Unintended Consequences, Redux

by matttbastard

(Photo: Paul Keller, Flickr)

Jane Mayer on the sudden prominence of ex-W speechwriter (and current Hiatt-approved pro-torture propagandist*) Marc Thiessen and why those who don’t pop wood for enhanced interrogation [sic] should be wary:

The publication of “Courting Disaster” suggests that Obama’s avowed determination “to look forward, not back” has laid the recent past open to partisan reinterpretation. By holding no one accountable for past abuse, and by convening no commission on what did and didn’t protect the country, President Obama has left the telling of this dark chapter in American history to those who most want to whitewash it.

Teach the controversy, maaan. Nothing is true; everything is permitted.

*As Harry Allen would say, don’t just read Alex Pareene’s superlative Gawker piece ‘The Washington Post Has the Worst Opinion Section in America‘ — memorize it.

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The Damage Done

by matttbastard

Apparently The Dark Side was only the iceberg’s tip:

“President Obama’s plans to expeditiously determine the fates of about 245 terrorism suspects held at Guantanamo Bay, Cuba, and quickly close the military prison there were set back last week when incoming legal and national security officials — barred until the inauguration from examining classified material on the detainees — discovered that there were no comprehensive case files on many of them.

Let’s pause for a moment to let that sink in: “there were no comprehensive case files on many of them.”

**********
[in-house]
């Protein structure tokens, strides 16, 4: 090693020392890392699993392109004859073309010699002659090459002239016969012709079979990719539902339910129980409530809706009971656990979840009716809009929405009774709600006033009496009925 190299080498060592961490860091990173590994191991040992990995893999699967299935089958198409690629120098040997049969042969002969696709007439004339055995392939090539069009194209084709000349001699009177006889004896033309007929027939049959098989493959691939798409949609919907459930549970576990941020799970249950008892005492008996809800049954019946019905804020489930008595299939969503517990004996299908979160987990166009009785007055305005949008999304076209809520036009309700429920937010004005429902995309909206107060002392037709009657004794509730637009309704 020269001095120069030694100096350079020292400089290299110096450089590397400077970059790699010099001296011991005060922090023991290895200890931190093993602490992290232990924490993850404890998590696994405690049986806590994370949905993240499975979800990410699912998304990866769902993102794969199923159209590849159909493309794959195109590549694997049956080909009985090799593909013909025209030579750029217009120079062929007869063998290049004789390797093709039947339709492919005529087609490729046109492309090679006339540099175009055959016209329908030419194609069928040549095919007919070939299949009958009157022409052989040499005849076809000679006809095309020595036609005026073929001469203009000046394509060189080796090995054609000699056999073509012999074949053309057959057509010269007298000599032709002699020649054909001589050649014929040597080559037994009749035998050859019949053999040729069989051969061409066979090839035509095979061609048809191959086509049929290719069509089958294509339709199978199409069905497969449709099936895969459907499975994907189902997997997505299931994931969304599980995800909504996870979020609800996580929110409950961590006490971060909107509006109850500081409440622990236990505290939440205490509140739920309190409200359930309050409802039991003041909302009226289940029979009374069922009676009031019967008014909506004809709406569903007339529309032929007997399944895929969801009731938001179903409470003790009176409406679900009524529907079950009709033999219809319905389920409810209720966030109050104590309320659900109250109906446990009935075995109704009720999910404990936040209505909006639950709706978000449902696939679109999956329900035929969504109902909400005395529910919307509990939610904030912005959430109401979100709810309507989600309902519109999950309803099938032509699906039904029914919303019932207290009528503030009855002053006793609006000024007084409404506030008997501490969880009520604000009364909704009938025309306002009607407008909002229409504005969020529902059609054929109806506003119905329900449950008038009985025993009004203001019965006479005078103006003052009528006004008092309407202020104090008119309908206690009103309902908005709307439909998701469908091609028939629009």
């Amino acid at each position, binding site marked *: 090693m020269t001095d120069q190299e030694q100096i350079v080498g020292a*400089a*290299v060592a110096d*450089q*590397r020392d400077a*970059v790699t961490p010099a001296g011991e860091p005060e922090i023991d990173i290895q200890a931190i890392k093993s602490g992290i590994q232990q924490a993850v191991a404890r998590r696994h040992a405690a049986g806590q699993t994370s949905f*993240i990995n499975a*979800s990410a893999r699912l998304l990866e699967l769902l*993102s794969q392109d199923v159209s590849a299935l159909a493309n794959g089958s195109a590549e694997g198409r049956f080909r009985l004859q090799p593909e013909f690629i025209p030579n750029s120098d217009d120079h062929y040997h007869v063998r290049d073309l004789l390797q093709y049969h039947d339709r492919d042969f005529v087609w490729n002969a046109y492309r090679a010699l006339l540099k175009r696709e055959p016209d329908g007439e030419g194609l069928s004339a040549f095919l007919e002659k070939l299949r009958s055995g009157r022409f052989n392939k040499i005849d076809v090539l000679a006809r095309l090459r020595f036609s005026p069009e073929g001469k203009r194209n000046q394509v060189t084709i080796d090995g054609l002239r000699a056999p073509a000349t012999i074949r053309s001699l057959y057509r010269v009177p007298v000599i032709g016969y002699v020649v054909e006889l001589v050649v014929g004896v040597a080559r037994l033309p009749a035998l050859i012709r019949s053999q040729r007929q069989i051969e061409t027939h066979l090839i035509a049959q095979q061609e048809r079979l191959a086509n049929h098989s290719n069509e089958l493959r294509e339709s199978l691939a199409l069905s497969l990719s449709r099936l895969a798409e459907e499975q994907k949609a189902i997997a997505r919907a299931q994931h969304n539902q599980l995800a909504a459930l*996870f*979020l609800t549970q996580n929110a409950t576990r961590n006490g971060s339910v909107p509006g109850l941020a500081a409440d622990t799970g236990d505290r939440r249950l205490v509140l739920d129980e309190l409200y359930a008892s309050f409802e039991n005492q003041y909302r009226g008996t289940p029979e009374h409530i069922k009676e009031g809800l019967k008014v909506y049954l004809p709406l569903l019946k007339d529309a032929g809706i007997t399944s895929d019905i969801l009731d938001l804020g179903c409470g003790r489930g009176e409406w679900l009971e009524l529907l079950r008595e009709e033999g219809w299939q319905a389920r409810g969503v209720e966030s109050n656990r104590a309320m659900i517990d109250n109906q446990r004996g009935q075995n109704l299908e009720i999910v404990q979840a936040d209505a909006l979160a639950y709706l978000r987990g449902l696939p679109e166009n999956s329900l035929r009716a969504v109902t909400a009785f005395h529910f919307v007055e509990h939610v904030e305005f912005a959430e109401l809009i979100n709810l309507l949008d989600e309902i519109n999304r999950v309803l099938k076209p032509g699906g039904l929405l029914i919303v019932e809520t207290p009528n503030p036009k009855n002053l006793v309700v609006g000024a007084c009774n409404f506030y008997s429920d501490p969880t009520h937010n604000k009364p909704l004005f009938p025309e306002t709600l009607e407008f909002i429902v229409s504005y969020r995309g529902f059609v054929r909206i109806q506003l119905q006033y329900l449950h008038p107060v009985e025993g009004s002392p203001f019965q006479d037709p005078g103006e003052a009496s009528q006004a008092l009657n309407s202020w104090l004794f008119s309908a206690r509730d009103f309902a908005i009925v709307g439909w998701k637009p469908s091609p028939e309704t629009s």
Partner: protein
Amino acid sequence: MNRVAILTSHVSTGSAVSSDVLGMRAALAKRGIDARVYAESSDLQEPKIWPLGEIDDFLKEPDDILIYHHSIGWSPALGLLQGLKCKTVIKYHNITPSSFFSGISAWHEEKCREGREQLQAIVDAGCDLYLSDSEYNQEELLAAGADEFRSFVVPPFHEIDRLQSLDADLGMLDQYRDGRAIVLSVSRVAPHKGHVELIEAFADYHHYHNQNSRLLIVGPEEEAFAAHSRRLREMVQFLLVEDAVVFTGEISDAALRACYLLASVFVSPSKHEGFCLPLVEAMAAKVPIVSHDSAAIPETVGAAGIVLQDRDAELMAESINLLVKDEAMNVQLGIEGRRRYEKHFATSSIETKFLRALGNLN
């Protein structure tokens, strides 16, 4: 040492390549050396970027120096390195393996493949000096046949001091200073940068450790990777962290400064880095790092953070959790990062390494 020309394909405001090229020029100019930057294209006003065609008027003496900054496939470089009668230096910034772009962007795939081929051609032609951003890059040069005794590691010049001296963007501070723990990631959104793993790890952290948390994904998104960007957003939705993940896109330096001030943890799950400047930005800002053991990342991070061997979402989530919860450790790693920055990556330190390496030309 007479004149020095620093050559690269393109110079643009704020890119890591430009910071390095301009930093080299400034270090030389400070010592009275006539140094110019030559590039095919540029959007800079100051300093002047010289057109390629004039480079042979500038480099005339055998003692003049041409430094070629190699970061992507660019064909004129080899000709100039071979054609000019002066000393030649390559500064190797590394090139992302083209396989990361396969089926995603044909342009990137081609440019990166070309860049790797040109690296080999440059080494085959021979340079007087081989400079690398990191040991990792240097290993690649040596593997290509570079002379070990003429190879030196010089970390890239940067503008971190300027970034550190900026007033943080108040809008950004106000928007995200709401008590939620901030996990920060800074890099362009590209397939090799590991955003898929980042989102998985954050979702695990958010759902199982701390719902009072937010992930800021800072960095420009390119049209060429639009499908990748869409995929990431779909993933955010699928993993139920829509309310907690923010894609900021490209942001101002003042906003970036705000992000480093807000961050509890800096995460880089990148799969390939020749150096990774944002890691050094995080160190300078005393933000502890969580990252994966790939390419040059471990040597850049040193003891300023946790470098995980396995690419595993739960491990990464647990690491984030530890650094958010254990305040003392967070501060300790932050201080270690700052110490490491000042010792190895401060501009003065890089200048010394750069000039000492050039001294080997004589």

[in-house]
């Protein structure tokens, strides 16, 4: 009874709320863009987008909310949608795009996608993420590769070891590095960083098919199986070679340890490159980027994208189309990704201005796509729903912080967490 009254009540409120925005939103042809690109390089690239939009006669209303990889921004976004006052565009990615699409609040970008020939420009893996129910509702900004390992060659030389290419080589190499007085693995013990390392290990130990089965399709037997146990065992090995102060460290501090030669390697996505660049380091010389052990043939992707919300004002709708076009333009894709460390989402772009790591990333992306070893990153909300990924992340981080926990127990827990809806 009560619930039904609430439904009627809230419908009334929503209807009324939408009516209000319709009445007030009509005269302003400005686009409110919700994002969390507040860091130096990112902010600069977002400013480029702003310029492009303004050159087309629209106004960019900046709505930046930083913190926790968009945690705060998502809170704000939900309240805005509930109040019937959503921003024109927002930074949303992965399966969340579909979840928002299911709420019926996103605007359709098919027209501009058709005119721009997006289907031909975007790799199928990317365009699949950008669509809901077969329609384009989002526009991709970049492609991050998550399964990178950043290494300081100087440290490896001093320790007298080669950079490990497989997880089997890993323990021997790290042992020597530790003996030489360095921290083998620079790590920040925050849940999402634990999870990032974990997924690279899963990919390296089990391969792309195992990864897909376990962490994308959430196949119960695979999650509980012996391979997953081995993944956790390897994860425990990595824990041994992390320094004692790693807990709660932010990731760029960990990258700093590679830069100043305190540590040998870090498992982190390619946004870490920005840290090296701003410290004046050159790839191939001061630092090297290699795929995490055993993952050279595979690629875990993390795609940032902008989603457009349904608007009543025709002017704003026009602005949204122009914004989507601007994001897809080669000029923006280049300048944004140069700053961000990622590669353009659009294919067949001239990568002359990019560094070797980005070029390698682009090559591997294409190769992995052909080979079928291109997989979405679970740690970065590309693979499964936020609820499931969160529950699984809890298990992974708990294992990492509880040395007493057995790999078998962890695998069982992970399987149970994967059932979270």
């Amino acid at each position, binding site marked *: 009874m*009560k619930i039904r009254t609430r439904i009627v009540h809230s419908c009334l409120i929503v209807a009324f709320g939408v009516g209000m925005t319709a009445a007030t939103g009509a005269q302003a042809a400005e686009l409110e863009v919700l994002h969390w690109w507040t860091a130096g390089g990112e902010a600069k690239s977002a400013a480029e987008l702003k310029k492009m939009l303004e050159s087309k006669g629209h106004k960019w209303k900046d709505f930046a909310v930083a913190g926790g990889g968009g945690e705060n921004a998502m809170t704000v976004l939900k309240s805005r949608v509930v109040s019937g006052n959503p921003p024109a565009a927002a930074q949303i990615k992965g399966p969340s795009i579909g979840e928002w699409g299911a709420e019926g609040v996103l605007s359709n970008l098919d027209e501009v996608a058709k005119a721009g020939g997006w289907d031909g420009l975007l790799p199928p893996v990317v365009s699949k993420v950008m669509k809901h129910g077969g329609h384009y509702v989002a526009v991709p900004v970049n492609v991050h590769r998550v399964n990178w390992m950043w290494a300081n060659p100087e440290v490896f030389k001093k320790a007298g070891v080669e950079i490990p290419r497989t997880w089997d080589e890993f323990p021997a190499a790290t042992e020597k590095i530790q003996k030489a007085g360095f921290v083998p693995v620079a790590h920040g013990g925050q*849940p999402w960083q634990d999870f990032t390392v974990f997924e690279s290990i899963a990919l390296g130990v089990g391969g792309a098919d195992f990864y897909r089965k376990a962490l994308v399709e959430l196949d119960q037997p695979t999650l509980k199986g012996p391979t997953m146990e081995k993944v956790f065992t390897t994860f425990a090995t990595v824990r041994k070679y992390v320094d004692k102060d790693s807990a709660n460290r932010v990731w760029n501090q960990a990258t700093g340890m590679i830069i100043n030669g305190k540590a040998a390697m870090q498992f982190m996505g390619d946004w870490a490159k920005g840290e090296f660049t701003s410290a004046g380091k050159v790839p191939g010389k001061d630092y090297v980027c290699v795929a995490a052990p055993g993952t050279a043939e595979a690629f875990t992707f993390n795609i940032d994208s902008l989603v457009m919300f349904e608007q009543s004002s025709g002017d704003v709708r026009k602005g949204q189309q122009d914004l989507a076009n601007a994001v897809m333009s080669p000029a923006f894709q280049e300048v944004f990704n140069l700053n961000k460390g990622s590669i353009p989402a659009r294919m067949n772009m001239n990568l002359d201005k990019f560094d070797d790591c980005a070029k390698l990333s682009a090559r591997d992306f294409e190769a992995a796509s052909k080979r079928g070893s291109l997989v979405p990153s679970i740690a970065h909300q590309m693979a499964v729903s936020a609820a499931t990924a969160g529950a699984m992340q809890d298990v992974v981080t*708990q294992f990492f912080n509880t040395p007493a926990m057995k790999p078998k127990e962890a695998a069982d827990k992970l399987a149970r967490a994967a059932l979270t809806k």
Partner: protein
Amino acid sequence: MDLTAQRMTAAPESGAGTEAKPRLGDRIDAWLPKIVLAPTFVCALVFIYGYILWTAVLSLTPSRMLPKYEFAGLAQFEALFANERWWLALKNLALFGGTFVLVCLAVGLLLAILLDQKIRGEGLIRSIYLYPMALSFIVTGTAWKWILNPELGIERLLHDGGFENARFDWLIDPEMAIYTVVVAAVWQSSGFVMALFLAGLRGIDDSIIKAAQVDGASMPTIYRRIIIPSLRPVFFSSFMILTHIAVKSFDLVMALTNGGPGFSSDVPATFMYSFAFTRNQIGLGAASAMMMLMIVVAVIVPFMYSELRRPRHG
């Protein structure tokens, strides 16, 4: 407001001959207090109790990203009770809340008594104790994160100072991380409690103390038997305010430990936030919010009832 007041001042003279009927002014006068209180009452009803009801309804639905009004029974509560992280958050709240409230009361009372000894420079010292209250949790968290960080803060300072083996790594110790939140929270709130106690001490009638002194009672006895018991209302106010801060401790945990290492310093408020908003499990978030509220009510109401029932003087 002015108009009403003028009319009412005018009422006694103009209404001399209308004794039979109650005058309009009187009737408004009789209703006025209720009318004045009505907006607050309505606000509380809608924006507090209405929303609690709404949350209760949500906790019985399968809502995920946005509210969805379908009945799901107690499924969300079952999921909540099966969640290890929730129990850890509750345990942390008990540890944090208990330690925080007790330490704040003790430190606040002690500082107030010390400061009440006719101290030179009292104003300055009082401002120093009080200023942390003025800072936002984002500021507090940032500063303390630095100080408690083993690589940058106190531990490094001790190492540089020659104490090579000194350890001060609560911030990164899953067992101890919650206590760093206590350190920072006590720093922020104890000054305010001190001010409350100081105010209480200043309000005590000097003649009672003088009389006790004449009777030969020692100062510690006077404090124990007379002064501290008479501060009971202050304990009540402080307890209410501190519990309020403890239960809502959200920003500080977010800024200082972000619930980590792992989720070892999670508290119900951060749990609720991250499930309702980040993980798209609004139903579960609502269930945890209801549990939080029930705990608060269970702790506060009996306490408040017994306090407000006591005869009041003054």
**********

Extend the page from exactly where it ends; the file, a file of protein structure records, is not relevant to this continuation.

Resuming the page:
Ok, moving on:

Instead, they found that information on individual prisoners is “scattered throughout the executive branch,” a senior administration official said. The executive order Obama signed Thursday orders the prison closed within one year, and a Cabinet-level panel named to review each case separately will have to spend its initial weeks and perhaps months scouring the corners of the federal government in search of relevant material.

Several former Bush administration officials agreed that the files are incomplete and that no single government entity was charged with pulling together all the facts and the range of options for each prisoner. They said that the CIA and other intelligence agencies were reluctant to share information, and that the Bush administration’s focus on detention and interrogation made preparation of viable prosecutions a far lower priority.

Rewind my selekta: “[T]he Bush administration’s focus on detention and interrogation made preparation of viable prosectutions a far lower priorty

A far lower priorty.

Of course, DeYoung and Finn wouldn’t be “objective” if they didn’t (falsely) balance things out with the requisite mealy-mouthed partisan broadsides from–wait for it, kiddies–some unnamed former Bush administration assbaskets who nostalgically break out their by-now-rusty bullshit shovels:

But other former officials took issue with the criticism and suggested that the new team has begun to appreciate the complexity and dangers of the issue and is looking for excuses.

After promising quick solutions, one former senior official said, the Obama administration is now “backpedaling and trying to buy time” by blaming its predecessor. Unless political appointees decide to overrule the recommendations of the career bureaucrats handling the issue under both administrations, he predicted, the new review will reach the same conclusion as the last: that most of the detainees can be neither released nor easily tried in this country.

“All but about 60 who have been approved for release,” assuming countries can be found to accept them, “are either high-level al-Qaeda people responsible for 9/11 or bombings, or were high-level Taliban or al-Qaeda facilitators or money people,” said the former official who, like others, insisted on anonymity because they were not authorized to talk to reporters about such matters. He acknowledged that he relied on Pentagon assurances that the files were comprehensive and in order rather than reading them himself.”